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Last minute crush at the Holy Door

NCR Staff

Despite protests by gay activists and a last-minute flood of pilgrims that stunned even well-prepared Vatican planners, the Great Jubilee Year of 2000 concluded on a generally upbeat note.

John Paul ended the year by closing the Holy Door of St. Peter’s Basilica Jan. 6, but before that could happen, tens of thousands of people cued up in the rainy cold of Jan. 5 for one last chance at crossing its threshold. Most were Romans who admitted that they could have come virtually any of the other 377 days the door had been open, but had put it off. One man joked: “We came for the sales!”

All day long pilgrims poured through the sacred door at a rate of 100 per minute. Vatican personnel played the role of cattle-herders, continually crying avanti, or “forward,” to keep stragglers moving.

By noon, when John Paul II made an unscheduled appearance at his window overlooking the square to wish the faithful well, it was obvious that if the basilica were to close at 6:00 p.m. as planned, thousands would go home disappointed. Shortly after the pope ducked back inside, loudspeakers announced to cheers that the great church would remain open “until the last pilgrim is through.”

At 1:30 a.m. however, with a small crowd yet remaining, Vatican security personnel announced that everyone had to disperse in order to allow time for preparation for the next day’s papal liturgy. Angry Romans, who had by that point invested hours waiting, were not to be cowed. They began shouting “Let us in!” and “shame!” After some tense moments, including walkie-talkie exchanges between police and unnamed Vatican officials, at 2:15 a.m., officials reversed course and the remaining faithful were allowed in.

Calm also prevailed at a protest the next day by a small group of gay, lesbian, bisexual and transgendered Christians from the United States. The group had threatened to force police to arrest them on Saturday in St. Peter’s Square, after the papal Mass, if a Vatican official did not meet with them to initiate a dialogue about church teaching on homosexuality. After two-and-a-half hours, however, they left voluntarily.

Police detained two members of the group who had come to the square earlier in the day while the papal Mass was in progress. Police released them after the Mass, however, and did not make any arrests during the protest itself.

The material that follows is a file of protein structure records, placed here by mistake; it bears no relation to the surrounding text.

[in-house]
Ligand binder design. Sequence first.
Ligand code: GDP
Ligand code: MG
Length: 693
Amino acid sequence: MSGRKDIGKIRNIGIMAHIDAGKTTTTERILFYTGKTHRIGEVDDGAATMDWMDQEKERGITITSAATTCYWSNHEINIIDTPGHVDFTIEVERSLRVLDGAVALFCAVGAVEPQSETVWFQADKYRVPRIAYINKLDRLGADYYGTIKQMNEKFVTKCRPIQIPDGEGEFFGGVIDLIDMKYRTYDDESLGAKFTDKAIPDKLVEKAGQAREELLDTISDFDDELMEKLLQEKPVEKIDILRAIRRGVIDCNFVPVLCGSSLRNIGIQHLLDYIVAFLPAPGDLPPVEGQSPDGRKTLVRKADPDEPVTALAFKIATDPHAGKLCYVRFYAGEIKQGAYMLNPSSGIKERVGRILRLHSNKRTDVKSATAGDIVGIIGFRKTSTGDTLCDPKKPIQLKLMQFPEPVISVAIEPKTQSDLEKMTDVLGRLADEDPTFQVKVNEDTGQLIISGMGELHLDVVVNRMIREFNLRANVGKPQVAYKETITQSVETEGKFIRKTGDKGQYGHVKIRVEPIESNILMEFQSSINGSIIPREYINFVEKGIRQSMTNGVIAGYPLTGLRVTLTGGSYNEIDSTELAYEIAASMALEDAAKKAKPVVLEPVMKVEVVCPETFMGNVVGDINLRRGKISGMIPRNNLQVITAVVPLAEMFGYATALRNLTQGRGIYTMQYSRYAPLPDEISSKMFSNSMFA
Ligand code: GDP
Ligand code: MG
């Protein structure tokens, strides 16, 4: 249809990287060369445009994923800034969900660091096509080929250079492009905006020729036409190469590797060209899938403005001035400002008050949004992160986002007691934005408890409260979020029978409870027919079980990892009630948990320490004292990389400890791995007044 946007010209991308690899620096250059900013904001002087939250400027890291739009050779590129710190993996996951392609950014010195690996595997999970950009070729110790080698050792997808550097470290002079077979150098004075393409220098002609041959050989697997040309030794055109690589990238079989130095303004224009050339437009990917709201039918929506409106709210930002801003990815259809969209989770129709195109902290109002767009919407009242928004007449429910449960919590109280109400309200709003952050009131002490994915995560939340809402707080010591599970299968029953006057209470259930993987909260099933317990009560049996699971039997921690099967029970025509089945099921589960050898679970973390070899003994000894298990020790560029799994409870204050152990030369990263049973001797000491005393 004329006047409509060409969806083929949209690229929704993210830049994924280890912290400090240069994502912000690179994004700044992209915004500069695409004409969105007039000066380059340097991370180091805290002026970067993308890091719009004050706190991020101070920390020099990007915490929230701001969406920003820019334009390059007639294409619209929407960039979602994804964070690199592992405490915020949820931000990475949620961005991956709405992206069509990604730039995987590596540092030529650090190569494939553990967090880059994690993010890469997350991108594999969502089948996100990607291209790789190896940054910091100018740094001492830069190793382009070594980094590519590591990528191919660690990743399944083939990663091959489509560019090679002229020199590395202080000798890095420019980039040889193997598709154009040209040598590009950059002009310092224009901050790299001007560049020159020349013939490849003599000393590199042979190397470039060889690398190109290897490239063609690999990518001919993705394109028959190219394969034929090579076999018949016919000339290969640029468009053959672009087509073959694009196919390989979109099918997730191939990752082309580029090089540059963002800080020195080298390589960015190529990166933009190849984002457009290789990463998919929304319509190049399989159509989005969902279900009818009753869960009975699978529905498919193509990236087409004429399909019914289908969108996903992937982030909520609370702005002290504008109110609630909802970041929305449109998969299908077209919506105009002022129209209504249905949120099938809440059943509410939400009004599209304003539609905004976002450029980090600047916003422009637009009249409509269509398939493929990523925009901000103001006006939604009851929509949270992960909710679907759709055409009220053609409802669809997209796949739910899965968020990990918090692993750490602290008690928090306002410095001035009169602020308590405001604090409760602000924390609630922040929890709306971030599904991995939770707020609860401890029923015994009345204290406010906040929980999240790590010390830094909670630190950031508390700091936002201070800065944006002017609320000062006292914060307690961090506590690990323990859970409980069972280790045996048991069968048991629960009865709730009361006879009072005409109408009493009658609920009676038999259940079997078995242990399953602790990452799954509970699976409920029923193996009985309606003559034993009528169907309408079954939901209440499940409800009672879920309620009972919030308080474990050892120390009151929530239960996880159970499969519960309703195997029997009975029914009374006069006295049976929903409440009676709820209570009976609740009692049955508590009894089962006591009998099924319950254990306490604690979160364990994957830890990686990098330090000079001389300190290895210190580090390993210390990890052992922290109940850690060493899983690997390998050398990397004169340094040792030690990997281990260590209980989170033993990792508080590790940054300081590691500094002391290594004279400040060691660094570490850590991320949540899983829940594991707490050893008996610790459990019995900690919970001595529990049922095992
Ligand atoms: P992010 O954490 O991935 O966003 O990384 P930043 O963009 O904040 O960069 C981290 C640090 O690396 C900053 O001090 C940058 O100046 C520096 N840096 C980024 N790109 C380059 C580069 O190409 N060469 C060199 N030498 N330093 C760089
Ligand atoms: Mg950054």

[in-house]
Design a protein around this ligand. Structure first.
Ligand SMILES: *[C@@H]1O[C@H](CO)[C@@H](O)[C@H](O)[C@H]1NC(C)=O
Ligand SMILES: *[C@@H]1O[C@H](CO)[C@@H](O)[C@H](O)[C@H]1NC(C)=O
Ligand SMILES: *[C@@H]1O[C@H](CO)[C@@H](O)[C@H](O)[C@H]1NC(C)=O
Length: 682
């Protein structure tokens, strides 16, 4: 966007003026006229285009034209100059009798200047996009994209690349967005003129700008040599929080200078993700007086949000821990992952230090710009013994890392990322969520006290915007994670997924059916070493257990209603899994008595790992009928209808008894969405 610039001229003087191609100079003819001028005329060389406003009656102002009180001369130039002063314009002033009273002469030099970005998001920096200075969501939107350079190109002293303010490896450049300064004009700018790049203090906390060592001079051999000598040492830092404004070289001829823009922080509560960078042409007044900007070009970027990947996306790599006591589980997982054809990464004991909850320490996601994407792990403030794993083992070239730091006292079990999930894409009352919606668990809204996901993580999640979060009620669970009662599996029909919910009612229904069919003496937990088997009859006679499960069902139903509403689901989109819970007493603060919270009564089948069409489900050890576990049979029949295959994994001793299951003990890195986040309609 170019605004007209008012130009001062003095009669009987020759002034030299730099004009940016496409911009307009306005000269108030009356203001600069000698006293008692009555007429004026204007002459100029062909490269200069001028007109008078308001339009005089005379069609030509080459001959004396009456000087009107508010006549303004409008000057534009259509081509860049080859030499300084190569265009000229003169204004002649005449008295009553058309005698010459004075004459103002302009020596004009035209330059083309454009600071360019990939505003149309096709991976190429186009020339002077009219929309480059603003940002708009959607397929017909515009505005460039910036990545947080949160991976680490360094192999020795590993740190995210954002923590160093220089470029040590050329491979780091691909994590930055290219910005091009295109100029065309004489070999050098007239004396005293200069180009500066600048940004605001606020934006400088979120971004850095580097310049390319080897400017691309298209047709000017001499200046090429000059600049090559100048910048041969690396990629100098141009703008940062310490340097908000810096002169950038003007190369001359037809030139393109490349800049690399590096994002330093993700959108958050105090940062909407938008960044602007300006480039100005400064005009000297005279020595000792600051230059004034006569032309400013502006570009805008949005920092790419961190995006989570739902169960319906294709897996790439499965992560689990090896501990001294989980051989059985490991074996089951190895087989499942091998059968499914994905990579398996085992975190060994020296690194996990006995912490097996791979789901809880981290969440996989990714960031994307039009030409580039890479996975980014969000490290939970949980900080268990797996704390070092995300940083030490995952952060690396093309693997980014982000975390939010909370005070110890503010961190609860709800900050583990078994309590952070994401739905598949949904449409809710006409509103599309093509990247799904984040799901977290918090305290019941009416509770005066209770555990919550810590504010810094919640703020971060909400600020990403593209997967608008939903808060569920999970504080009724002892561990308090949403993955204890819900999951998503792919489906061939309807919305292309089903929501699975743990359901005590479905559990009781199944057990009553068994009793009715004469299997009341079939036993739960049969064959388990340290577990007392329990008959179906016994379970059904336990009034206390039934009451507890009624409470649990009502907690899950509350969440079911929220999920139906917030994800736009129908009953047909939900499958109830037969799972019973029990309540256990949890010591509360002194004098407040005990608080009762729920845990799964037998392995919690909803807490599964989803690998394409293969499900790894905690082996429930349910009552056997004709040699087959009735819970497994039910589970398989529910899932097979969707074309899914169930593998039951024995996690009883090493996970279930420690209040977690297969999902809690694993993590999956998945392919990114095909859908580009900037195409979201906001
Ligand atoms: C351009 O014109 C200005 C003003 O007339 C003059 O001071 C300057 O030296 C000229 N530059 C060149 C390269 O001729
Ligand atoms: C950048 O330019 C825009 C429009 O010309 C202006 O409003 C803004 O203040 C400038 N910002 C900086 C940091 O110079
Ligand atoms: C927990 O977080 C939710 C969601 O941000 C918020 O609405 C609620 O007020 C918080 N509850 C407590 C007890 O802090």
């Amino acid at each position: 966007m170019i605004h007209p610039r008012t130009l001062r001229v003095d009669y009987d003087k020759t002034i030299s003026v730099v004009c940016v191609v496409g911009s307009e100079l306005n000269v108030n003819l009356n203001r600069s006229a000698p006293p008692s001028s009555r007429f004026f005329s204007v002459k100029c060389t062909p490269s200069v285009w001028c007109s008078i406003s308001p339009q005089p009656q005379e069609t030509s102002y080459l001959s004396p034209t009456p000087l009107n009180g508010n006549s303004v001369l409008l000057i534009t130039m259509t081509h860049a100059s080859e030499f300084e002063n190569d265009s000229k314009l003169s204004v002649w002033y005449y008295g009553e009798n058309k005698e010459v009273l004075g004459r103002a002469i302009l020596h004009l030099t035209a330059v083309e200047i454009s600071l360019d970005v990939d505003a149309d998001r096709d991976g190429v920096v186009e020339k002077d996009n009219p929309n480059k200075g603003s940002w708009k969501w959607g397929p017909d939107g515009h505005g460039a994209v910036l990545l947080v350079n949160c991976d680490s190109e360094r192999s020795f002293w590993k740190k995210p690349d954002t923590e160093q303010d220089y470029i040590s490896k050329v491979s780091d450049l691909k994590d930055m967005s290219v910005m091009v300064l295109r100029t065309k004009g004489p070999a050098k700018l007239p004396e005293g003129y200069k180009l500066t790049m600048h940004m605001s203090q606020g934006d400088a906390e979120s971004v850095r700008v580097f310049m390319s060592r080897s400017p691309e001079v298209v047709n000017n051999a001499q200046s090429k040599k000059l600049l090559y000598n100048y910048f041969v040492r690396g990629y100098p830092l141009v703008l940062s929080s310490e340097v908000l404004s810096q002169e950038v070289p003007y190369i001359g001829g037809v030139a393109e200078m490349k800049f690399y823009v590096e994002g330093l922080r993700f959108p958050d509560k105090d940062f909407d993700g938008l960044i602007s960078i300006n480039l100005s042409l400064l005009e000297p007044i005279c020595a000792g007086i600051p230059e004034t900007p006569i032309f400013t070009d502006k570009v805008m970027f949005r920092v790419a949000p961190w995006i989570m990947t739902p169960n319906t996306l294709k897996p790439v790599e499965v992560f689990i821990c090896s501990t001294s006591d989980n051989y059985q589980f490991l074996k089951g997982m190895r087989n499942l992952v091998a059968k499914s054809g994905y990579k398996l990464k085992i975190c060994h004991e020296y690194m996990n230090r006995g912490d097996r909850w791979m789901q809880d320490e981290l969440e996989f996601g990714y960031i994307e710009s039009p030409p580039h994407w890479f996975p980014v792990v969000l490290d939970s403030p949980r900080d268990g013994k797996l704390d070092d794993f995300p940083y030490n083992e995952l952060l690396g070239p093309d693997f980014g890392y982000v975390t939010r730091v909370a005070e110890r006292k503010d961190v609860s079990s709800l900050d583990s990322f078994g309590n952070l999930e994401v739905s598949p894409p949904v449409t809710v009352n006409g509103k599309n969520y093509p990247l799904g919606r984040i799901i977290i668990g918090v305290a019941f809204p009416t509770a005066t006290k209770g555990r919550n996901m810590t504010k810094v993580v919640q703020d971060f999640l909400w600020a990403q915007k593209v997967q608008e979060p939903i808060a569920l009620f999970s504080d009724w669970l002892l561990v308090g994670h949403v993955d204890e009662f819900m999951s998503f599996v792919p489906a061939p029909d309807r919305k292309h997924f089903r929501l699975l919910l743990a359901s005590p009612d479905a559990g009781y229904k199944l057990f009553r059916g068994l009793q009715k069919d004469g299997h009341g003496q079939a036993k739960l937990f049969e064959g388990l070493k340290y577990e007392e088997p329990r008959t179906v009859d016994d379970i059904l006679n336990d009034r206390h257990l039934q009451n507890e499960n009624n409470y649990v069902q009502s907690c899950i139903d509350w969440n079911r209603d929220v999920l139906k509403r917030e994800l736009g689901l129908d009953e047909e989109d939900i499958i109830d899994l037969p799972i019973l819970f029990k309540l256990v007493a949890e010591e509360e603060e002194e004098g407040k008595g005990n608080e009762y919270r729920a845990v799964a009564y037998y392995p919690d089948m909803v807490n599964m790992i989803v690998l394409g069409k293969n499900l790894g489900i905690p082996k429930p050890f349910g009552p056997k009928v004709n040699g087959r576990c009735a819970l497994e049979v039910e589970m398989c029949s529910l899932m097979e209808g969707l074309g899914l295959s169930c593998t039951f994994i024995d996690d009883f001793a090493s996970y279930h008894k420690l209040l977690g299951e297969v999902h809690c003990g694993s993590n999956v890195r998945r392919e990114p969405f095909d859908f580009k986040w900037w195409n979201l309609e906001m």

Authorities refused to allow the group to process to a giant nativity set in the middle of the square in order to leave photos of themselves, as gifts, at the feet of the Christ child.

Before disbanding, the group applauded the police for their courtesy, and then extended their arms towards the papal apartments to bless John Paul II, despite the fact that he did not send anyone to bless them.

Not everyone was impressed. Two 14-year-olds from Virginia, in Rome for a special Jubilee of the Legionaries of Christ held the days before, happened to be in the square and took objection to what they saw.

“It’s just a bunch of messed-up people spouting stuff,” said Patrick Ryland. “They’re dissing the pope,” added Frances Nuar, using a word of teen slang for “showing disrespect.”

Organizer Anglican Rev. Mel White, however, told NCR he was satisfied.

“We made enough of a start,” he said. “If we had forced them to arrest us, it would have left a bad taste in everyone’s mouth. In the spirit of Epiphany, this was our gift to them.”

White vowed to be back next year. “We’ll keep coming in a spirit of nonviolence until these teachings change,” he said.

At a Jan. 8 press conference, Archbishop Crescenzio Sepe, the primary logistical force behind the Jubilee effort, announced a papal decision that any money left over would go toward construction of a Rome facility for disabled pilgrims, who often have trouble finding hotels or other accommodations to meet their needs. “Not a penny will remain in the Vatican,” he said.

The e-mail address for John L. Allen Jr. is jallen@natcath.org.

National Catholic Reporter, January 19, 2001